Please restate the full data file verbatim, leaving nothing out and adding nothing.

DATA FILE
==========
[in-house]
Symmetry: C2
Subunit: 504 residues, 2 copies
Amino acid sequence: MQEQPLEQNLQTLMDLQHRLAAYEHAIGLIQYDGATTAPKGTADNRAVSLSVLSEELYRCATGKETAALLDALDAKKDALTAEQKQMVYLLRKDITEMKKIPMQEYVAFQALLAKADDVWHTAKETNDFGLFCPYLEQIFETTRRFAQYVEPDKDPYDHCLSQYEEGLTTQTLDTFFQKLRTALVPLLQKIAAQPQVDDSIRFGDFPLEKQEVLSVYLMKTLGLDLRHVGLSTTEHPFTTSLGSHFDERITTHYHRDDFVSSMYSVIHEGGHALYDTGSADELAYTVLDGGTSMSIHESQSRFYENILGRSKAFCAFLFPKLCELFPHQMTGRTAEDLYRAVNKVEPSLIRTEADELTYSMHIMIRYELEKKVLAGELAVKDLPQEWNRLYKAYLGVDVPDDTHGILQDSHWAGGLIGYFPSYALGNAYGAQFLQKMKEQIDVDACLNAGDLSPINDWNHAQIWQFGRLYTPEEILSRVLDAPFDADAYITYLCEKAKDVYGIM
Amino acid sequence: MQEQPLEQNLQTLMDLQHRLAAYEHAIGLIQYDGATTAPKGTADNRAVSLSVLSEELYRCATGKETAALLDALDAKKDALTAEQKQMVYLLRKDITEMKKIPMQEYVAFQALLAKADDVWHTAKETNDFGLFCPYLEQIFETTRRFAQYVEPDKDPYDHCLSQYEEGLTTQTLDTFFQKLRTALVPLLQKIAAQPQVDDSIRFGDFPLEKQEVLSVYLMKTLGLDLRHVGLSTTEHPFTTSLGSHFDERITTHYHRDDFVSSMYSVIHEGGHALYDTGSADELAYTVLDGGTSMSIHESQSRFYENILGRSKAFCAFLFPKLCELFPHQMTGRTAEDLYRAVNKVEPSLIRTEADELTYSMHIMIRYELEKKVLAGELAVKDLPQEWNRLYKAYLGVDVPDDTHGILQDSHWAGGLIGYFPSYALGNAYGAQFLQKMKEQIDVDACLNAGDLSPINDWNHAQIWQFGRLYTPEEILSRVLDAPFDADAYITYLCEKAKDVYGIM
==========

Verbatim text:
[in-house]
Symmetry: C2
Subunit: 504 residues, 2 copies
Amino acid sequence: MQEQPLEQNLQTLMDLQHRLAAYEHAIGLIQYDGATTAPKGTADNRAVSLSVLSEELYRCATGKETAALLDALDAKKDALTAEQKQMVYLLRKDITEMKKIPMQEYVAFQALLAKADDVWHTAKETNDFGLFCPYLEQIFETTRRFAQYVEPDKDPYDHCLSQYEEGLTTQTLDTFFQKLRTALVPLLQKIAAQPQVDDSIRFGDFPLEKQEVLSVYLMKTLGLDLRHVGLSTTEHPFTTSLGSHFDERITTHYHRDDFVSSMYSVIHEGGHALYDTGSADELAYTVLDGGTSMSIHESQSRFYENILGRSKAFCAFLFPKLCELFPHQMTGRTAEDLYRAVNKVEPSLIRTEADELTYSMHIMIRYELEKKVLAGELAVKDLPQEWNRLYKAYLGVDVPDDTHGILQDSHWAGGLIGYFPSYALGNAYGAQFLQKMKEQIDVDACLNAGDLSPINDWNHAQIWQFGRLYTPEEILSRVLDAPFDADAYITYLCEKAKDVYGIM
Amino acid sequence: MQEQPLEQNLQTLMDLQHRLAAYEHAIGLIQYDGATTAPKGTADNRAVSLSVLSEELYRCATGKETAALLDALDAKKDALTAEQKQMVYLLRKDITEMKKIPMQEYVAFQALLAKADDVWHTAKETNDFGLFCPYLEQIFETTRRFAQYVEPDKDPYDHCLSQYEEGLTTQTLDTFFQKLRTALVPLLQKIAAQPQVDDSIRFGDFPLEKQEVLSVYLMKTLGLDLRHVGLSTTEHPFTTSLGSHFDERITTHYHRDDFVSSMYSVIHEGGHALYDTGSADELAYTVLDGGTSMSIHESQSRFYENILGRSKAFCAFLFPKLCELFPHQMTGRTAEDLYRAVNKVEPSLIRTEADELTYSMHIMIRYELEKKVLAGELAVKDLPQEWNRLYKAYLGVDVPDDTHGILQDSHWAGGLIGYFPSYALGNAYGAQFLQKMKEQIDVDACLNAGDLSPINDWNHAQIWQFGRLYTPEEILSRVLDAPFDADAYITYLCEKAKDVYGIM